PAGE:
For a better experience, click the Compatibility Mode icon above to turn off Compatibility Mode, which is only for viewing older websites.

WebAIM WAVE Toolbar

There are many tools available for checking the accessibility of web sites. IRT suggests using the WebAIM WAVE Toolbar for Firefox:

  • It’s easy to install and use. Other accessibility checkers require you to go to their website and paste in the URL of the site you want to check, upload files, or even code. Often the reports are hard to understand, especially if you don’t have a background in HTML, CSS, and javascript. The WAVE toolbar installs easily in the Firefox browser.
  • It accommodates both experienced and beginning users. The WAVE toolbar allows experienced users to thoroughly evaluate accessibility concerns such as order of content, markup, and proper use of CSS. Beginning users can also easily understand what is working and what needs to be fixed.
  • It educates. Through its association with WebAIM, the leading resource for information on web accessibility, the WAVE toolbar provides links to extensive information on creating and maintaining an accessible web presence.
  • It's free! The WAVE toolbar is a free service provided by WebAIM.

How It Works

Once installed, simply open Firefox and go the web page you want to evaluate. Clicking the "Errors, Features, and Alerts" button in the toolbar runs an accessibility evaluation and displays the results in the page itself. Through a system of icons and markers and a one-line summary at the top of the page, you can quickly see if there are any major accessibility problems.

Using the Toolbar

The WAVE toolbar is comprised of a series of buttons that help you fully evalute a web page's accessibility.

    Errors, Features, and Alerts icon

    The Errors, Features, and Alerts button will probably be the function you use most often and renders the most complete review of the content.

    At the top of the page will be a one sentence summary that will either tell you that no accessibility errors have been detected, or that will tell you how many errors have been detected.

    Anything indicated with a red marker or icon is a major issue, and should get your attention first.

    Anything indicated with a yellow marker or icon is a possible accessibility issue, and should get your attention next.

    Anything indicated in green, is good.

    Information indicated by blue markers or icons is neither good nor bad, per se, but is there to indicate structural information, such as tables or heading tags.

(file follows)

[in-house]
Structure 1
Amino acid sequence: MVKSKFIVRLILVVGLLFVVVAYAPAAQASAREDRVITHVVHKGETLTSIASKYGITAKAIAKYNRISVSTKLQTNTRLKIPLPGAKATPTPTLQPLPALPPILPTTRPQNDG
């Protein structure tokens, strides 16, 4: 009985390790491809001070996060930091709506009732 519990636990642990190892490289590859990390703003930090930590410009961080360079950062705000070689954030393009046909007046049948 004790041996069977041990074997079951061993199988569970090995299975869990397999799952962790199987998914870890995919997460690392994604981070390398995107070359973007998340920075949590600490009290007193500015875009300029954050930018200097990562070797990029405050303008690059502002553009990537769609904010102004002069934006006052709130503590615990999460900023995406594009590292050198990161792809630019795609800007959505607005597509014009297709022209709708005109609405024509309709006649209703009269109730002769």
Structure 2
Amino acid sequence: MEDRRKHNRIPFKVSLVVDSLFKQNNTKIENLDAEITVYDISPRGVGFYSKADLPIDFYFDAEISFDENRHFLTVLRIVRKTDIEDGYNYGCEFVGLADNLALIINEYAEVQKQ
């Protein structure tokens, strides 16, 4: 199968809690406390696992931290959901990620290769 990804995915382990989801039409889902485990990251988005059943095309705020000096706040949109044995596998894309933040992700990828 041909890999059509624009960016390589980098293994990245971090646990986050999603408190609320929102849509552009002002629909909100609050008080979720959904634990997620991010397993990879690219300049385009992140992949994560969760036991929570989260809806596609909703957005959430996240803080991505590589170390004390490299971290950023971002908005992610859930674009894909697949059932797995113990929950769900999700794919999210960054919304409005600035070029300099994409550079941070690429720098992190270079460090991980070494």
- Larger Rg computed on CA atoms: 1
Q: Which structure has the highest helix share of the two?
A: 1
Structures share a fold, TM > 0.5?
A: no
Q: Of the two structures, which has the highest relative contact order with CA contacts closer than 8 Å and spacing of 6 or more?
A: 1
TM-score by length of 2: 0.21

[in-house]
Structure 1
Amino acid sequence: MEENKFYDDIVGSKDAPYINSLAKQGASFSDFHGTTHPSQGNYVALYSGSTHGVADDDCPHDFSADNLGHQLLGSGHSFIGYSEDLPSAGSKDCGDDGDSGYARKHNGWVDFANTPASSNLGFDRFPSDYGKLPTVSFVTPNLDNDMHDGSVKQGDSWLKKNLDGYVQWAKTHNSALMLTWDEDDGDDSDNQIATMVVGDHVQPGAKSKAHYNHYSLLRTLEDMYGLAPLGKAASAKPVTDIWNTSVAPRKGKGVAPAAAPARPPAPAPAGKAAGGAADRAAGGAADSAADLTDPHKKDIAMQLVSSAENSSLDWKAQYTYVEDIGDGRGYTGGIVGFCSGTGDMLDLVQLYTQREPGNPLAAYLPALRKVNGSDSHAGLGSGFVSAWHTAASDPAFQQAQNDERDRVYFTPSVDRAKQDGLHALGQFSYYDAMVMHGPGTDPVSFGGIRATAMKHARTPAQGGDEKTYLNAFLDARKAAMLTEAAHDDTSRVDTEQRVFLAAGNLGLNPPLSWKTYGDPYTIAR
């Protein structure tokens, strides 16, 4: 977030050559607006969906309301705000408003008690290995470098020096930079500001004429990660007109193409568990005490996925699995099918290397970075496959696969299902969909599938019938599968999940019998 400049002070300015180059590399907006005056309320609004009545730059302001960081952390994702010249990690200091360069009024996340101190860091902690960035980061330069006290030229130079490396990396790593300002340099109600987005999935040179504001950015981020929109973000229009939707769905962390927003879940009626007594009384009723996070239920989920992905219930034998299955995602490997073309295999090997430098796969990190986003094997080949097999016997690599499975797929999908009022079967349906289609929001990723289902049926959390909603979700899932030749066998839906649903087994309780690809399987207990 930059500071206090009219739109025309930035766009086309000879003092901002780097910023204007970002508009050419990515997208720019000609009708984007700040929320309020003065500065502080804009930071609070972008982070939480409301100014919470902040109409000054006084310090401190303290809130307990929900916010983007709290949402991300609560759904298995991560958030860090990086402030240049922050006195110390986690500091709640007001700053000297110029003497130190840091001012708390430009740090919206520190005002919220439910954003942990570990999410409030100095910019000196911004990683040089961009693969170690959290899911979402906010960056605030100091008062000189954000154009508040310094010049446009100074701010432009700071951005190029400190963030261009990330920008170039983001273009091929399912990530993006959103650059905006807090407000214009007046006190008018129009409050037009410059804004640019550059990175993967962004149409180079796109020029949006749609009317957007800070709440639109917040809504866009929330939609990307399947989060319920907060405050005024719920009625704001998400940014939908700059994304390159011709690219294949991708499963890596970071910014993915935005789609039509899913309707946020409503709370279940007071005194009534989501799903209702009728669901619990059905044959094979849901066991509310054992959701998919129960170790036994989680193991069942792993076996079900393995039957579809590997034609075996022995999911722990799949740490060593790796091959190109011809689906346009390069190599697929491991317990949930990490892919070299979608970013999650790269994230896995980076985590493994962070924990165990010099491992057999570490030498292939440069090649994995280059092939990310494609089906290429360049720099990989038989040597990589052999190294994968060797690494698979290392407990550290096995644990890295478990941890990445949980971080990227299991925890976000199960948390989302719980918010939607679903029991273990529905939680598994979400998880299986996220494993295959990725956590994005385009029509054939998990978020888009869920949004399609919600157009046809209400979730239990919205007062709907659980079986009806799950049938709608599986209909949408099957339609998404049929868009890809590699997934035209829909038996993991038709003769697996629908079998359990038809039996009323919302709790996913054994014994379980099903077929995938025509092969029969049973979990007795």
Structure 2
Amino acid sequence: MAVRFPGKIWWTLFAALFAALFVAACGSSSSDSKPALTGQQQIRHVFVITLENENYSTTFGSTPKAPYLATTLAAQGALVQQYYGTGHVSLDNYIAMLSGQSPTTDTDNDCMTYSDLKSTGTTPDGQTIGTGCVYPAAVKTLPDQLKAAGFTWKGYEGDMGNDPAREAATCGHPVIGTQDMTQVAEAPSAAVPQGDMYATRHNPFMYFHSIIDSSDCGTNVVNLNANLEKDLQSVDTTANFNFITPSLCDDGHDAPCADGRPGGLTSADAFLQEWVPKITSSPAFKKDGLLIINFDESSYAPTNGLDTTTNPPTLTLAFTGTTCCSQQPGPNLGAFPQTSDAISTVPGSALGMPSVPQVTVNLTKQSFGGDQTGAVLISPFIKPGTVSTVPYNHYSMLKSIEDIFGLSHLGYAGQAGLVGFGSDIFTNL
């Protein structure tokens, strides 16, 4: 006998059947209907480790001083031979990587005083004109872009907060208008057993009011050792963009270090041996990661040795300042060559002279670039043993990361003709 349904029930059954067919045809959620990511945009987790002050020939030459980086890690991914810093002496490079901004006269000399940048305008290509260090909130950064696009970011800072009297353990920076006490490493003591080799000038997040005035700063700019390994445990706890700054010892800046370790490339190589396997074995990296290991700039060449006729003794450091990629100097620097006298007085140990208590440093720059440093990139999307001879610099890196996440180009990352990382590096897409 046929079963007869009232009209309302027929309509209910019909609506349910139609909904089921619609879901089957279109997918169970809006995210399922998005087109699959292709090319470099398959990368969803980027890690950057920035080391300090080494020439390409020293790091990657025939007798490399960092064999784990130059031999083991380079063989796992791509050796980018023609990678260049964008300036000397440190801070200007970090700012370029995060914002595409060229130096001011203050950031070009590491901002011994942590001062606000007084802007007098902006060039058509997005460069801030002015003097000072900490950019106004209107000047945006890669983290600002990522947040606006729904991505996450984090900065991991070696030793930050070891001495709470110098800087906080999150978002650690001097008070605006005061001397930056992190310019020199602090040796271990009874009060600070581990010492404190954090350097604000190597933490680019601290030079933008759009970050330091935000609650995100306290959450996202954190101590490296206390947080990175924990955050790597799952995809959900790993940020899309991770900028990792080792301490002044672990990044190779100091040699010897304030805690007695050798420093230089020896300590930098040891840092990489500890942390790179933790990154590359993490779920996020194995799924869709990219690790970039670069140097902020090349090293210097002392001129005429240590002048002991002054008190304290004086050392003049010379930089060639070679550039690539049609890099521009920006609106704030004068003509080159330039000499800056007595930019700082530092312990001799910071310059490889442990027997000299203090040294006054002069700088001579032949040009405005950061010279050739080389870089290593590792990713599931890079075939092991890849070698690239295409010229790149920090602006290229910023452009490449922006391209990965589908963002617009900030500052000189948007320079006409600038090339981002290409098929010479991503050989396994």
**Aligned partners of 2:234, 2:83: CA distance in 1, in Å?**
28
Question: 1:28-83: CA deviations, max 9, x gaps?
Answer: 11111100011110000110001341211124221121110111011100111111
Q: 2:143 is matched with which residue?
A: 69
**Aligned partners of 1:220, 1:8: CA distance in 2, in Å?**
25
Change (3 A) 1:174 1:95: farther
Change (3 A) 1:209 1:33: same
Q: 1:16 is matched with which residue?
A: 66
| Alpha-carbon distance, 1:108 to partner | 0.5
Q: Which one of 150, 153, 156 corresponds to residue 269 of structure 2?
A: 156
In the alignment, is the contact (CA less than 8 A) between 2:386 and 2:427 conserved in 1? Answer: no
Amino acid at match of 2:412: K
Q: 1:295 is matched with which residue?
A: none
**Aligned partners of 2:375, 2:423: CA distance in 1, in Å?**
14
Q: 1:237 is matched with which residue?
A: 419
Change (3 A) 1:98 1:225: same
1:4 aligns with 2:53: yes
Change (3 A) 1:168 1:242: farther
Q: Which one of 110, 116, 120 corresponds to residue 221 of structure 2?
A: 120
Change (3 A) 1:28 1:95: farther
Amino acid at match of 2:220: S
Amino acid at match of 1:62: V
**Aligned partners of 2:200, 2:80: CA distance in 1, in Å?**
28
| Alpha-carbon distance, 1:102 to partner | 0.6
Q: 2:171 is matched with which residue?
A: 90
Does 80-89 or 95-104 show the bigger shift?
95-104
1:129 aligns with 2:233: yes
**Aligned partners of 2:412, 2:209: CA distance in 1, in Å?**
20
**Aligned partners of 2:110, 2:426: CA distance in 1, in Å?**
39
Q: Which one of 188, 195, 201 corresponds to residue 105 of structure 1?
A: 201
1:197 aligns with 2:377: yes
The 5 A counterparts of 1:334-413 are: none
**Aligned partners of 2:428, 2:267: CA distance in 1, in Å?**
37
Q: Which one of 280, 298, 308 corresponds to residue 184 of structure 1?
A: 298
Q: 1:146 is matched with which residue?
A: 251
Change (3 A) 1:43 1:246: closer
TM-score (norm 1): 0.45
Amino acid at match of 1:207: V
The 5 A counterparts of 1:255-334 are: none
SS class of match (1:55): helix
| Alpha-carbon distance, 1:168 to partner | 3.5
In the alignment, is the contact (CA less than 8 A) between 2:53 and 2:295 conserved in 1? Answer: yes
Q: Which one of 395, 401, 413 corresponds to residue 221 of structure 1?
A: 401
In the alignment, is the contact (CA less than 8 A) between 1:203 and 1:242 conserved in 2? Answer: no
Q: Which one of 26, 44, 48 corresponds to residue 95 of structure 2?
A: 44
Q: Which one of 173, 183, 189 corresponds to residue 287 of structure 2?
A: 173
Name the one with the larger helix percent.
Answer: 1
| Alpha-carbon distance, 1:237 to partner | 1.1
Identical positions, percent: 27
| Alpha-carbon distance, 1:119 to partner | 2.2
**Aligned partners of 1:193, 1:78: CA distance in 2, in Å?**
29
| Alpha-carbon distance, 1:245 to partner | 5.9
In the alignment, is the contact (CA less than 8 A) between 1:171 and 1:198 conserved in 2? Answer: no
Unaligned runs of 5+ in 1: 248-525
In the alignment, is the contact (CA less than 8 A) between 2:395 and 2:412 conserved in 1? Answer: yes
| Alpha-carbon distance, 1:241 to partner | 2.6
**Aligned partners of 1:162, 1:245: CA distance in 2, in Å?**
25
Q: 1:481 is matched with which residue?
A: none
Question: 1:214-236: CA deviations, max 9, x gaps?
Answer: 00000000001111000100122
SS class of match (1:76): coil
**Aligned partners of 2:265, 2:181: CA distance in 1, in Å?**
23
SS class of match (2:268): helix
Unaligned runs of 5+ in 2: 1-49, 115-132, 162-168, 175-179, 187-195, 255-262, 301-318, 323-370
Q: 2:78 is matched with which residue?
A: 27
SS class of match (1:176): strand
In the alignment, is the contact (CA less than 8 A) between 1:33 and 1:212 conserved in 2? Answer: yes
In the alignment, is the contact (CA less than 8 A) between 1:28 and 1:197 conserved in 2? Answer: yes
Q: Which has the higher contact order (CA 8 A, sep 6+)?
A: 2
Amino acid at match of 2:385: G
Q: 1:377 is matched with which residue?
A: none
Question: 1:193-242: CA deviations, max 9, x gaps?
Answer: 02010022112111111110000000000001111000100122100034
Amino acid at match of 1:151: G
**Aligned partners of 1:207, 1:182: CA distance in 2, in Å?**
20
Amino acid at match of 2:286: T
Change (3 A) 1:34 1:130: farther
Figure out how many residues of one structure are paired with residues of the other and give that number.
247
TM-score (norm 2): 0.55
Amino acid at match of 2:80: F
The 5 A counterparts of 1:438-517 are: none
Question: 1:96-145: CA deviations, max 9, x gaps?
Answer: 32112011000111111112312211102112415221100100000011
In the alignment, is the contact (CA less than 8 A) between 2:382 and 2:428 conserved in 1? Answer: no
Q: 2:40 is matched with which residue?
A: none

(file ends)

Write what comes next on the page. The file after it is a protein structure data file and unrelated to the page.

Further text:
Mousing over an icon will launch a pop-up window which will explain the purpose of the icon. You can also get in depth information on what icons mean and the accessibility issues they represent by selecting the Icon Key tab. Doing so opens a new tab in the Firefox browser. It is then easy to toggle back and forth between the Error, Features, and Alerts report and the Icon Key.

    Structure/Order icon.

    The Structure/Order tab shows the navigation and reading order of the content on the page, which can be different from its display in the browser. This is important when considering the order of content when read by a screen reader, such as typically used by the blind. It is also important when considering the order of navigation, since users with motor disabilities are often restricted to moving through sites via the tab key.

    Text-only icon.

    The Text-only view shows what the content would look like without style sheets or images. This information is useful in getting a good idea of how a screen reader would read the copy. Since this option does not render images, but does show alt text, it is also a good method for checking whether or not the alt text makes sense in the context of other information on the page.

    Outline icon.

    The Outline tab renders only properly designated headings (h tags in HTML) on the page. Proper use and order of headings is important since users of screen readers often set them to "scan" for headings so that they can get a quick idea of the nature of the content on the page.

    Reset Page icon.

    The Reset tab simply returns the page to it's original display.

    Disable Styles icon.

    Disable Styles is useful on complex webpages in which the information from the Errors, Features and Alerts function is jumbled or overlapping. Disabling styles can make the report easier to read.

    Icons Key.

    The Icons Key is extremely useful, especially for users who are not yet familiar with usability issues.

    The Icons Key opens a new tab in Firefox, enabling you to toggle back and forth between the key and the reports.

    Each icon is described in detail, along with the relevant accessibility information. Often, links are provided to in depth explanations on

    Tools icon.

    Selecting the Tools tab opens a drop down menu with helpful links, such as "Toolbar Help" and "WebAIM home" that will take you to either the WAVE or WebAIM websites.

    Tools icon dropdown menu.

A Necessary Caveat

If no errors have been found after an evalutation, you will receive a message stating, "WAVE has detected no accessibility errors, but you must still check your page to ensure it is acutally accessible."

In other words, simply evaluating a web page with any web accessibility checker does not guarantee that the page is accessible. A human being should also give it a careful review!